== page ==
NBA ties map out Spurs’ success

Column by Mike Monroe

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When the Spurs were named “Team of the Decade” in North American professional sports by ESPN The Magazine last week, the team’s general manager was too busy to notice.

R.C. Buford had posted a job on a team management website and was wading through the 452 responses it had generated.

  • Buford has had to restock the Spurs’ staff, an annual summer activity as rivals raid the team’s non-player talent.

    A month ago, the Utah Jazz hired assistant GM Dennis Lindsey to run their team. Danny Ferry departed for the Atlanta Hawks in July.

    Two Spurs’ assistant coaches also left, with Jacque Vaughn becoming Orlando’s coach and Don Newman hired as the Wizards’ top assistant.

    Recognition by a magazine that concocted its own arcane measure of franchise success — the “ultimate franchise” — was little more than an afterthought in Buford’s crowded day.

    “I’m not sure what it means,” he said. “The most important takeaway is that we have a great relationship in our organization with our players and fans and community. The support that brings to us makes this a unique environment to play in, to work in and to go to games in.”

    It also has made the organization built by Buford, coach and team president Gregg Popovich and owner Peter Holt a desired training ground for those who hope to one day run their own bench or front office.

    Eleven NBA teams have either a head coach or general manager, or both, with strong Spurs ties.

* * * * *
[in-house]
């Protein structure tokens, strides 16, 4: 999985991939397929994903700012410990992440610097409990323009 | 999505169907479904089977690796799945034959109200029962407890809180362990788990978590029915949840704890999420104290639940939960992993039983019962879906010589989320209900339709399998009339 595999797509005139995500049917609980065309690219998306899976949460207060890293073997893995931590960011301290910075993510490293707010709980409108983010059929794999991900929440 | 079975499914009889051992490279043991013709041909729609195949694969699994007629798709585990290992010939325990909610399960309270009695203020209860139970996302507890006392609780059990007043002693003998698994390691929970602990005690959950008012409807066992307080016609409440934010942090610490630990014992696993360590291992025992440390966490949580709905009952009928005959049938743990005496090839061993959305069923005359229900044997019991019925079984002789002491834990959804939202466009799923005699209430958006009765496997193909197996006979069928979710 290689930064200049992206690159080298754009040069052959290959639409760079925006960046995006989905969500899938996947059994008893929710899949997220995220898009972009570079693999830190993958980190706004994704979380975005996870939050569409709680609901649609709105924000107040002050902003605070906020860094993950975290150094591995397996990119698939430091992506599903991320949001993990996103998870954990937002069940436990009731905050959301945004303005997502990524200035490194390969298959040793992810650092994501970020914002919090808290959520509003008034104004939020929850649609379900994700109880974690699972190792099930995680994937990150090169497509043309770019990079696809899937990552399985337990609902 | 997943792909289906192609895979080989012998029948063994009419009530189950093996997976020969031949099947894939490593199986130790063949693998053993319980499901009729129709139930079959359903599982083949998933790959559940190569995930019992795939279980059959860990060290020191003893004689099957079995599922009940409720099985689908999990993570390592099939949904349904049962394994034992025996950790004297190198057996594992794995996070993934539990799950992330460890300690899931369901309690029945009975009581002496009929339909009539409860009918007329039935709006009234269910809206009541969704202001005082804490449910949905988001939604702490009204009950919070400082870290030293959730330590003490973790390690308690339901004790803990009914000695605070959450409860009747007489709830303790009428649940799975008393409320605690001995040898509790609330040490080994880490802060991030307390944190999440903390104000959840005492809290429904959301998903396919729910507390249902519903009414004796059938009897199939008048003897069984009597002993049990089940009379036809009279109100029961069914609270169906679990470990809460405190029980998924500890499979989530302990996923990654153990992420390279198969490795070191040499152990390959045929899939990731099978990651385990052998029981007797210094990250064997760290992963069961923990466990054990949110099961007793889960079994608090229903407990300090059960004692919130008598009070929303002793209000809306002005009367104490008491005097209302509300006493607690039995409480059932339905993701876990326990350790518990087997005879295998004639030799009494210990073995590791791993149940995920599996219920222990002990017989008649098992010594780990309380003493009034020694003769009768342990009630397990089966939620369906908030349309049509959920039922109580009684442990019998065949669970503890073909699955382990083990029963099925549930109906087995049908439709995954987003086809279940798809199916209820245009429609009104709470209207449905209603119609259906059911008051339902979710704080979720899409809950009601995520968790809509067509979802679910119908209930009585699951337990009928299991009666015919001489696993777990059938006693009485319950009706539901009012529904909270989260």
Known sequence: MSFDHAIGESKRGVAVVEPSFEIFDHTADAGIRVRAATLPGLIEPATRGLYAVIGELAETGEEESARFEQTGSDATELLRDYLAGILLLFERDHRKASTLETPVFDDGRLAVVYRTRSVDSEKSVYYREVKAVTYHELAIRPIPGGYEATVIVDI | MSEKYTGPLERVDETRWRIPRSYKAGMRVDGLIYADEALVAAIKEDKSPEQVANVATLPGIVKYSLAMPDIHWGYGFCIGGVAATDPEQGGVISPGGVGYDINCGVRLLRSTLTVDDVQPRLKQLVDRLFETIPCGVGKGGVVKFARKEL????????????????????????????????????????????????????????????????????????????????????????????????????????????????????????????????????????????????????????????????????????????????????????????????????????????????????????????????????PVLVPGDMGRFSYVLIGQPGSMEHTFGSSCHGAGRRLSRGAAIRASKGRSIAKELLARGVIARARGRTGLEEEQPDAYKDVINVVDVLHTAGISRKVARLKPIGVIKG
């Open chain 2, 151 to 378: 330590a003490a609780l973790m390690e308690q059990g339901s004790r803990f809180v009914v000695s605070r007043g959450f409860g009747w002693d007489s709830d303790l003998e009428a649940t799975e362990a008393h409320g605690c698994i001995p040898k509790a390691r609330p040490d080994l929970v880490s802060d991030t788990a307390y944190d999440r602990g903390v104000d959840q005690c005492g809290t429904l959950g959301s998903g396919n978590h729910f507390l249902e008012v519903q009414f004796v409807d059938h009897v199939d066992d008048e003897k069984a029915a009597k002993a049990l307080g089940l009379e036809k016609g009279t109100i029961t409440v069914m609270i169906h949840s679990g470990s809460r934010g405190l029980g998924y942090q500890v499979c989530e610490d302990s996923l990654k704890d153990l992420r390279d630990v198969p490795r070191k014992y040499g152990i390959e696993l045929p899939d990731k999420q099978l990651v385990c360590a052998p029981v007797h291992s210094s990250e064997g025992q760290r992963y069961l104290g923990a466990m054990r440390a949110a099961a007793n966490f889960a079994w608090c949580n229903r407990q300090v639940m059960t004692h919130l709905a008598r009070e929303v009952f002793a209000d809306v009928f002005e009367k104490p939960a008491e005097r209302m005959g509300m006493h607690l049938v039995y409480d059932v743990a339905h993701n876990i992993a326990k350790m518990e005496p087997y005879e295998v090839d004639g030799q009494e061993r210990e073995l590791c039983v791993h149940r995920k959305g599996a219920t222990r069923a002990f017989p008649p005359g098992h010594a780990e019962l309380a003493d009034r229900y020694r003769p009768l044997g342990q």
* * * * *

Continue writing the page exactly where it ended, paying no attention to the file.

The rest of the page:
“It speaks to the quality of people we’ve been fortunate to have in our program and it starts with our players,” Buford said, “Nothing happens without the commitment from our ownership and our players.

    “Through that we’ve been able to attract outstanding people and it’s gratifying to see them recognized for their abilities and have opportunities to reach goals they’ve set for themselves.”

    Sam Presti worked for the Spurs for seven seasons before becoming the NBA’s youngest general manager in 2007. No team has emulated the “Spurs’ way” more than Presti’s Thunder — and that includes getting lucky in the draft.

    Oklahoma City was No. 1 in ESPN’s rankings for 2012, and Presti knows what he learned in San Antonio helped him get the Thunder there.

    “Many people strive to sustain success in our business, but what the Spurs have done is sustain excellence,” he said. “Pop and RC, with the support of Mr. Holt, have created an infrastructure that has afforded many of us tremendous learning and development opportunities.

    “It is important to acknowledge that they generally have an even more profound impact on their people on a personal level than simply professionally. I suppose that somewhere within that concept is where the line between sustaining success and sustaining excellence resides.”

    That profound impact the Spurs have on those who come through the organization is what allowed Buford to position the Spurs for the future late last season while also putting them in position for a fifth title run.

    Could any other elite team in the league have traded for Stephen Jackson last March without fear had it not already had a previous — and positive — experience with the mercurial swingman?

    These are the kinds of organizational advantages throughout the years that led to the Spurs being named “Team of the Decade.”

    But what is that worth? The NFL’s Dallas Cowboys were 89th in last week’s rankings, but they are second in Forbes Magazine’s valuation of sports franchises, with a net worth of $2.1 billion.

    Forbes estimates the Spurs are worth $418 million.

    Would Holt give up his four Larry O’Brien Trophies for Jones’ bank account?

    Maybe not.

    But would Jones give up his account for being designated as the ultimate franchise around?

    Certainly not.

    To be recognized as a great franchise is always nice, no matter how contrived. But so is being a rich one.

    As Jerry might say of the Forbes’ valuation: You can take that to the bank.
    Twitter: @Monroe_SA

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